numpy.nanpercentile#
- numpy.nanpercentile(a, q, axis=None, out=None, overwrite_input=False, method='linear', keepdims=<no value>, *, interpolation=None)[source]#
Compute the qth percentile of the data along the specified axis, while ignoring nan values.
Returns the qth percentile(s) of the array elements.
New in version 1.9.0.
- Parameters:
- aarray_like
Input array or object that can be converted to an array, containing nan values to be ignored.
- qarray_like of float
Percentile or sequence of percentiles to compute, which must be between 0 and 100 inclusive.
- axis{int, tuple of int, None}, optional
Axis or axes along which the percentiles are computed. The default is to compute the percentile(s) along a flattened version of the array.
- outndarray, optional
Alternative output array in which to place the result. It must have the same shape and buffer length as the expected output, but the type (of the output) will be cast if necessary.
- overwrite_inputbool, optional
If True, then allow the input array a to be modified by intermediate calculations, to save memory. In this case, the contents of the input a after this function completes is undefined.
- methodstr, optional
This parameter specifies the method to use for estimating the percentile. There are many different methods, some unique to NumPy. See the notes for explanation. The options sorted by their R type as summarized in the H&F paper [1] are:
‘inverted_cdf’
‘averaged_inverted_cdf’
‘closest_observation’
‘interpolated_inverted_cdf’
‘hazen’
‘weibull’
‘linear’ (default)
‘median_unbiased’
‘normal_unbiased’
The first three methods are discontinuous. NumPy further defines the following discontinuous variations of the default ‘linear’ (7.) option:
‘lower’
‘higher’,
‘midpoint’
‘nearest’
Changed in version 1.22.0: This argument was previously called “interpolation” and only offered the “linear” default and last four options.
- keepdimsbool, optional
If this is set to True, the axes which are reduced are left in the result as dimensions with size one. With this option, the result will broadcast correctly against the original array a.
If this is anything but the default value it will be passed through (in the special case of an empty array) to the
mean
function of the underlying array. If the array is a sub-class andmean
does not have the kwarg keepdims this will raise a RuntimeError.- interpolationstr, optional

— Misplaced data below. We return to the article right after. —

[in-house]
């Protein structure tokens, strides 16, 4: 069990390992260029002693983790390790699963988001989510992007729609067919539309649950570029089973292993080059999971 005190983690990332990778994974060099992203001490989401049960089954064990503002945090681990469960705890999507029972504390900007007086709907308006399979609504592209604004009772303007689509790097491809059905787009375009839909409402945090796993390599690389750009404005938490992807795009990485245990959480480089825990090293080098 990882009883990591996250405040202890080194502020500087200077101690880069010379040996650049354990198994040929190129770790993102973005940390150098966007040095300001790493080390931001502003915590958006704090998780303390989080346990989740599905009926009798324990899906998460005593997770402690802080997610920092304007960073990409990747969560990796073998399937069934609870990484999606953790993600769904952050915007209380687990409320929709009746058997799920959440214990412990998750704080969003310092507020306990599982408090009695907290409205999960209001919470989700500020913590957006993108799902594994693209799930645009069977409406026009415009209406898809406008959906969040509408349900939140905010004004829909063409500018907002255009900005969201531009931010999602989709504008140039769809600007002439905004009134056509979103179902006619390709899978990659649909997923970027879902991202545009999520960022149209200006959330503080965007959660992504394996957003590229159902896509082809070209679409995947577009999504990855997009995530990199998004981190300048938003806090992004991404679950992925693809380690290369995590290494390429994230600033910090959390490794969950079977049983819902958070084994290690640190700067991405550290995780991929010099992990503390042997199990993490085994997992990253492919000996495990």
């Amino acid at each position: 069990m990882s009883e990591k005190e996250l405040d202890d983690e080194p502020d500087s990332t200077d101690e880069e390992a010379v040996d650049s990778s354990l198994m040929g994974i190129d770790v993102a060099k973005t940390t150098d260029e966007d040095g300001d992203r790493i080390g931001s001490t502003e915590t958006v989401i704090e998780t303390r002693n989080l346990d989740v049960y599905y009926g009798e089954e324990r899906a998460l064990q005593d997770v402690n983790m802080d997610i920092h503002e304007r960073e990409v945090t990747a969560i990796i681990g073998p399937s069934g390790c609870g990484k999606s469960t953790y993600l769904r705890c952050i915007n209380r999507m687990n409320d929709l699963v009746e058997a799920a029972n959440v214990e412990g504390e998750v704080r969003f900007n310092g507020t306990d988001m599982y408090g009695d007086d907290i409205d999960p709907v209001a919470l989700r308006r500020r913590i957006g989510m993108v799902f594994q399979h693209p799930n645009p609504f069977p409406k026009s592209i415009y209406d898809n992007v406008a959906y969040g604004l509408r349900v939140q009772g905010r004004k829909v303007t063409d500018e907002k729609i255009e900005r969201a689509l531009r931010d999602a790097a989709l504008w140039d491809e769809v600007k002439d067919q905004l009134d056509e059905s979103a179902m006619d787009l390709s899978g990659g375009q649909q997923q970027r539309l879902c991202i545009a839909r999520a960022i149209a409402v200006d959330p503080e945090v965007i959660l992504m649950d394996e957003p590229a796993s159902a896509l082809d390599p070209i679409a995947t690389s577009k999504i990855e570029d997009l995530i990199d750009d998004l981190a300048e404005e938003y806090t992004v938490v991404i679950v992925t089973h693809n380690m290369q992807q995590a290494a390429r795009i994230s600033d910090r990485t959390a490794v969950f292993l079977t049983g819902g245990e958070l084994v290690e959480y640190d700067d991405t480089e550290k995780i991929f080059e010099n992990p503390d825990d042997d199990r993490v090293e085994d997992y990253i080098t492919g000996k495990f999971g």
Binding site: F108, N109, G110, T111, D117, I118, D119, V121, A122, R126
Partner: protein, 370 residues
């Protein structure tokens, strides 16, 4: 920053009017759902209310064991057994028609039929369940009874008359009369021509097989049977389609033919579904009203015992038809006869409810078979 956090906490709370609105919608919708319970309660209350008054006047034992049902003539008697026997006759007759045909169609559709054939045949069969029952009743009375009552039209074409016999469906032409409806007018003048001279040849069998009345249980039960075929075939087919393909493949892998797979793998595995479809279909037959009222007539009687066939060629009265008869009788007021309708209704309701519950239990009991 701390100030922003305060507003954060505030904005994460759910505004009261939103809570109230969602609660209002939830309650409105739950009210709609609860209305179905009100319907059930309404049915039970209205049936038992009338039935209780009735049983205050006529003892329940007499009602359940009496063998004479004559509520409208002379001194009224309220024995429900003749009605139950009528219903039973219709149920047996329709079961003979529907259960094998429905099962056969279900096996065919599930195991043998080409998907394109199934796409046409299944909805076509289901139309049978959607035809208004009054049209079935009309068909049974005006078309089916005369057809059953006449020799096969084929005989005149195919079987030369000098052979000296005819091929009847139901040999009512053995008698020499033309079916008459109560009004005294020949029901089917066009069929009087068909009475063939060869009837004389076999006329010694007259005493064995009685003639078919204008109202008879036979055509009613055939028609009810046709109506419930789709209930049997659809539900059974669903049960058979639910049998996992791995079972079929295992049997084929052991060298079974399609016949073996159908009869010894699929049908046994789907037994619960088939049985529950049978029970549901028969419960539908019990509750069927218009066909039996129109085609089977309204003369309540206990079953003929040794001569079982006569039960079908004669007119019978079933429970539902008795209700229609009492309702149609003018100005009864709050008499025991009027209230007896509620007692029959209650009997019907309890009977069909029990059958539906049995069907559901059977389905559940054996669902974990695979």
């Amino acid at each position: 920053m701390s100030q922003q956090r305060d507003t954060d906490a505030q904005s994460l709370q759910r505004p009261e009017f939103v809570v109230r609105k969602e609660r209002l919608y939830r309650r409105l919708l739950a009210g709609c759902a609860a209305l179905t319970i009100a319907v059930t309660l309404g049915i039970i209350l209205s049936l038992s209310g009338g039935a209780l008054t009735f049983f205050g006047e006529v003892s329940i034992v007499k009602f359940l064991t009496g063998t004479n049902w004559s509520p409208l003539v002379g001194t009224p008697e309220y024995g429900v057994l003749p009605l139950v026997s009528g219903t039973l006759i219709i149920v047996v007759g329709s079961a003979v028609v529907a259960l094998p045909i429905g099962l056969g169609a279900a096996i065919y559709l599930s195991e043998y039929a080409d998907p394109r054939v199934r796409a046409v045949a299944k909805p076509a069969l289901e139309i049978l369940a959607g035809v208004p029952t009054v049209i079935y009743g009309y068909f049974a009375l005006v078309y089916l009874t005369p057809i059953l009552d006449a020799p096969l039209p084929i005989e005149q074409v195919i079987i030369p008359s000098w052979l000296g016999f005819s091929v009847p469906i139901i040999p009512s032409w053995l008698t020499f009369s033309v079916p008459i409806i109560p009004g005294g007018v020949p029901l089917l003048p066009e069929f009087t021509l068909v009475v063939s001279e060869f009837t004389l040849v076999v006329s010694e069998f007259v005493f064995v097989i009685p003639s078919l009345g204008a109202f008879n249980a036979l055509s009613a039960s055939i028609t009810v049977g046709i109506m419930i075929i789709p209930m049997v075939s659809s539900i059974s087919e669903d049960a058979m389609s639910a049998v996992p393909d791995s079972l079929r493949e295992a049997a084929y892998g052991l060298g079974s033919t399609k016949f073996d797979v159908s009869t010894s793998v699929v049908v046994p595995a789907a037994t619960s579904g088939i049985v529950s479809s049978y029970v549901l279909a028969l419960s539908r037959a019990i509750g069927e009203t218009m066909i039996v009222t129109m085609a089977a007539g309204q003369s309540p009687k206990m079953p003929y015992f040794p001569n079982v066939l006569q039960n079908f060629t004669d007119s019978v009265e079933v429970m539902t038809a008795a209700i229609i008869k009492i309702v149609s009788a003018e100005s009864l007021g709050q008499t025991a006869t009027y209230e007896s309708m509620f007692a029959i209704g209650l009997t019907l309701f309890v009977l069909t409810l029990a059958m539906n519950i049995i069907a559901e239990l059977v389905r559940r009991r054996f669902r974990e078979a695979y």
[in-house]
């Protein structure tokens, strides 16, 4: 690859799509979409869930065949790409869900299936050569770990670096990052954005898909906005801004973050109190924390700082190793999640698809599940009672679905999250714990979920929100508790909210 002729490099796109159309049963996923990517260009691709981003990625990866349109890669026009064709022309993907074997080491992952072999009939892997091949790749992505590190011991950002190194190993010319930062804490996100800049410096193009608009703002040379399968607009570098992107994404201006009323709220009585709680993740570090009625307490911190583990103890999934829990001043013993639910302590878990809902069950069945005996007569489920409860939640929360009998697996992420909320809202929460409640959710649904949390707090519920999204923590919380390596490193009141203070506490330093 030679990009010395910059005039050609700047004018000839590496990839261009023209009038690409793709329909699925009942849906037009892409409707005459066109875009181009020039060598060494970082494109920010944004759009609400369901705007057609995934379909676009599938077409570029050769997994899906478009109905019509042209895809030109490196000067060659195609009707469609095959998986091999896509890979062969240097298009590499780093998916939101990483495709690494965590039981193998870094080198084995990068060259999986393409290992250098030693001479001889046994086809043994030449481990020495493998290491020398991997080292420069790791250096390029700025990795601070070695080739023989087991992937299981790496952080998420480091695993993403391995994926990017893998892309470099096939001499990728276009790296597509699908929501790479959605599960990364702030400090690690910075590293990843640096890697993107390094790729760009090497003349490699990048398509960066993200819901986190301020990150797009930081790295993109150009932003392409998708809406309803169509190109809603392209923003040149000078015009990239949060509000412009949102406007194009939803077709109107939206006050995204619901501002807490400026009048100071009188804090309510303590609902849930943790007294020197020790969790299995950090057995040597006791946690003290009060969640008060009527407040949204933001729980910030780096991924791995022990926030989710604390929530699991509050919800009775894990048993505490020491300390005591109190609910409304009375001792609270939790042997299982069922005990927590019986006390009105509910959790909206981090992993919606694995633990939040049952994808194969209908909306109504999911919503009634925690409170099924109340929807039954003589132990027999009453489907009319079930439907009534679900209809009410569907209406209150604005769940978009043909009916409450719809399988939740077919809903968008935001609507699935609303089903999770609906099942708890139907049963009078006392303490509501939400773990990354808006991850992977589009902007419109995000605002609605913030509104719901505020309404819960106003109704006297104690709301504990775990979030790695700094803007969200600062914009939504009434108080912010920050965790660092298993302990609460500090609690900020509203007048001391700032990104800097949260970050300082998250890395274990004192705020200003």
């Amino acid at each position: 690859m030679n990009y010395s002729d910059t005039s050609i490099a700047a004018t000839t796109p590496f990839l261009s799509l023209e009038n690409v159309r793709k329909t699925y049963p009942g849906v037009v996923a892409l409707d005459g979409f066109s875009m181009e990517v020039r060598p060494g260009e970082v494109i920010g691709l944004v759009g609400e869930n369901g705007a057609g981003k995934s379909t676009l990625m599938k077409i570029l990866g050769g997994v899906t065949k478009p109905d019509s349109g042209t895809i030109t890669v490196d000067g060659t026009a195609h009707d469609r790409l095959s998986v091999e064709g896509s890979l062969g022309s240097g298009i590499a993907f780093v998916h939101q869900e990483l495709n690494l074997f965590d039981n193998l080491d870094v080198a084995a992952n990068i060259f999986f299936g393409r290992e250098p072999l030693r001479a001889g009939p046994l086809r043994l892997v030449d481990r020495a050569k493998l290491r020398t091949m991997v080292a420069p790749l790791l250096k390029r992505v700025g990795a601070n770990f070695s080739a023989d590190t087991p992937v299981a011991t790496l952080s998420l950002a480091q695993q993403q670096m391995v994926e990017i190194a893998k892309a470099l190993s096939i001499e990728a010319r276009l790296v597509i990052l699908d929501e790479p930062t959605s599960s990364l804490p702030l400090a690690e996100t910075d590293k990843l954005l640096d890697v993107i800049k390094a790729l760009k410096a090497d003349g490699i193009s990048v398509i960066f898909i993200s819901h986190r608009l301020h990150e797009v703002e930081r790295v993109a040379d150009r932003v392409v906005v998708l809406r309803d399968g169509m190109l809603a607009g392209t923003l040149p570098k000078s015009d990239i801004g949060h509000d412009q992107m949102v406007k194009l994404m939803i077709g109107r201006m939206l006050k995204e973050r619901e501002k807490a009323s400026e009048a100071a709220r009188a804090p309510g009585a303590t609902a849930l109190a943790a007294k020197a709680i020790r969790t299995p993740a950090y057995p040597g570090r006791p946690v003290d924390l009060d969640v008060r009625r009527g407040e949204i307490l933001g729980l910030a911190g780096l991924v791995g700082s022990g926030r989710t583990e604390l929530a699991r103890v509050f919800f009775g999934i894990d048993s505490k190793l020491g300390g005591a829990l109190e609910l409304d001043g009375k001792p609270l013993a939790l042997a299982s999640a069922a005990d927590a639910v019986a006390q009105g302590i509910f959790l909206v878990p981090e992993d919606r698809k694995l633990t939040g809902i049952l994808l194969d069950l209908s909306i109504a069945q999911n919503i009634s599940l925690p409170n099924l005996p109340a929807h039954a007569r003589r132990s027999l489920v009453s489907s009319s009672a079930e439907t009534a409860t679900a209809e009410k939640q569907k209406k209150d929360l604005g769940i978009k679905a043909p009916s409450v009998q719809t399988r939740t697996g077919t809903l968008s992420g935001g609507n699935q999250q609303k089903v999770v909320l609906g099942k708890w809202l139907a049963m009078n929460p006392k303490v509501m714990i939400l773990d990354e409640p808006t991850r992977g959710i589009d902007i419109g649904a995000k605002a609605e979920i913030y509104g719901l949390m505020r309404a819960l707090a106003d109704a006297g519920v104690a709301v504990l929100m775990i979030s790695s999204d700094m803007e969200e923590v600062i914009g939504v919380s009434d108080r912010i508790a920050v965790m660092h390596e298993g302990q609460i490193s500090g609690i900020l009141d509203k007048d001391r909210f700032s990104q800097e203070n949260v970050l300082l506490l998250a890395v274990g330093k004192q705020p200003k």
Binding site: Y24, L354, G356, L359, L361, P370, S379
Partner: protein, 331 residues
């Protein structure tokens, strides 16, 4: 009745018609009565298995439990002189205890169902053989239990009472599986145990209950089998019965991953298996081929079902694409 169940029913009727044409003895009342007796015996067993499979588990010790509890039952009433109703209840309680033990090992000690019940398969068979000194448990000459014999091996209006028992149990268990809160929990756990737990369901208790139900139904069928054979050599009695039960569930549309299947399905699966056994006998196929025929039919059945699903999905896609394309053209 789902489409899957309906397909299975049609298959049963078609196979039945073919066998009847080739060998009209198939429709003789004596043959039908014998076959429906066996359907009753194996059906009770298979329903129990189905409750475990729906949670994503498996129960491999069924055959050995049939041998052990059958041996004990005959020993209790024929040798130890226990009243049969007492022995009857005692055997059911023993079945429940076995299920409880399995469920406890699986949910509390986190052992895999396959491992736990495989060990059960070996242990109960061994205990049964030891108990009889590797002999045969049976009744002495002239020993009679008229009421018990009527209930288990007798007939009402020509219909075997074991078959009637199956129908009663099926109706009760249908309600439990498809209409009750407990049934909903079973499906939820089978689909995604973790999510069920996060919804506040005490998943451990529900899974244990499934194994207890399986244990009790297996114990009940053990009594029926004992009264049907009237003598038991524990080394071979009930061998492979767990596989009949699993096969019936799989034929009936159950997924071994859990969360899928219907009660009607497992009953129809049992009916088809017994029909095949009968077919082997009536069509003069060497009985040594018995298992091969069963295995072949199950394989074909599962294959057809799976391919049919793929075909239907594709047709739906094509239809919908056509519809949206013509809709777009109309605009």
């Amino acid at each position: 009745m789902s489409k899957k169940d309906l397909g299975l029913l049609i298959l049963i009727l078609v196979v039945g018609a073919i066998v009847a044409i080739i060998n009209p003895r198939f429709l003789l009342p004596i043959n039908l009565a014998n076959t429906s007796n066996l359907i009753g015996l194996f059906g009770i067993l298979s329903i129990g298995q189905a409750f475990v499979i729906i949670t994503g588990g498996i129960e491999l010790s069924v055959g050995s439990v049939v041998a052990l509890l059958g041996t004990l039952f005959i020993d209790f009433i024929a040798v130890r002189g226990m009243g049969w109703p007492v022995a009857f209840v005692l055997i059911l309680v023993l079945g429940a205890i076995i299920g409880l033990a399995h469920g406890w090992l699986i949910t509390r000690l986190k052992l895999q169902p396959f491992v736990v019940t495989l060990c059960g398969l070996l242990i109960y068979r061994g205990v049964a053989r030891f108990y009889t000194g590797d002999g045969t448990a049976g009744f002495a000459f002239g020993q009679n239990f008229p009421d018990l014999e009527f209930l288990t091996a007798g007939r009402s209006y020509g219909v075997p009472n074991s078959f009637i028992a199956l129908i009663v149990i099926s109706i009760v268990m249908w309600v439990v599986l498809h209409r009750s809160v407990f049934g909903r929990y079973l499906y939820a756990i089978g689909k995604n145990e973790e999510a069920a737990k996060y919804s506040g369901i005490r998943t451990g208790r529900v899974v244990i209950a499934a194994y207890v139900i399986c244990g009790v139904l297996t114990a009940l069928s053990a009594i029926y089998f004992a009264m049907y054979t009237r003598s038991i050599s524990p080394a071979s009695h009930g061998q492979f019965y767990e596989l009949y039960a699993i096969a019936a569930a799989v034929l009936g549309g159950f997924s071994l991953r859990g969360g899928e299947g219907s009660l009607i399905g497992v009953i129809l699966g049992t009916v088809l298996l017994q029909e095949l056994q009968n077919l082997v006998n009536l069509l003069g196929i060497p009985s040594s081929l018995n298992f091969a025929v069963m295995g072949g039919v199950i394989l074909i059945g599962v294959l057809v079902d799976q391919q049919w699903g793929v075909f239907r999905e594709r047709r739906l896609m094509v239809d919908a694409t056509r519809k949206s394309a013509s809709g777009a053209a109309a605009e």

Deprecated name for the method keyword argument.
Deprecated since version 1.22.0.
- Returns:
- percentilescalar or ndarray
If q is a single percentile and axis=None, then the result is a scalar. If multiple percentiles are given, first axis of the result corresponds to the percentiles. The other axes are the axes that remain after the reduction of a. If the input contains integers or floats smaller than
float64
, the output data-type isfloat64
. Otherwise, the output data-type is the same as that of the input. If out is specified, that array is returned instead.
See also
nanmean
nanmedian
equivalent to
nanpercentile(..., 50)
percentile
,median
,mean
nanquantile
equivalent to nanpercentile, except q in range [0, 1].
Notes
For more information please see
numpy.percentile
References
[1]R. J. Hyndman and Y. Fan, “Sample quantiles in statistical packages,” The American Statistician, 50(4), pp. 361-365, 1996
Examples
>>> a = np.array([[10., 7., 4.], [3., 2., 1.]]) >>> a[0][1] = np.nan >>> a array([[10., nan, 4.], [ 3., 2., 1.]]) >>> np.percentile(a, 50) nan >>> np.nanpercentile(a, 50) 3.0 >>> np.nanpercentile(a, 50, axis=0) array([6.5, 2. , 2.5]) >>> np.nanpercentile(a, 50, axis=1, keepdims=True) array([[7.], [2.]]) >>> m = np.nanpercentile(a, 50, axis=0) >>> out = np.zeros_like(m) >>> np.nanpercentile(a, 50, axis=0, out=out) array([6.5, 2. , 2.5]) >>> m array([6.5, 2. , 2.5])
>>> b = a.copy() >>> np.nanpercentile(b, 50, axis=1, overwrite_input=True) array([7., 2.]) >>> assert not np.all(a==b)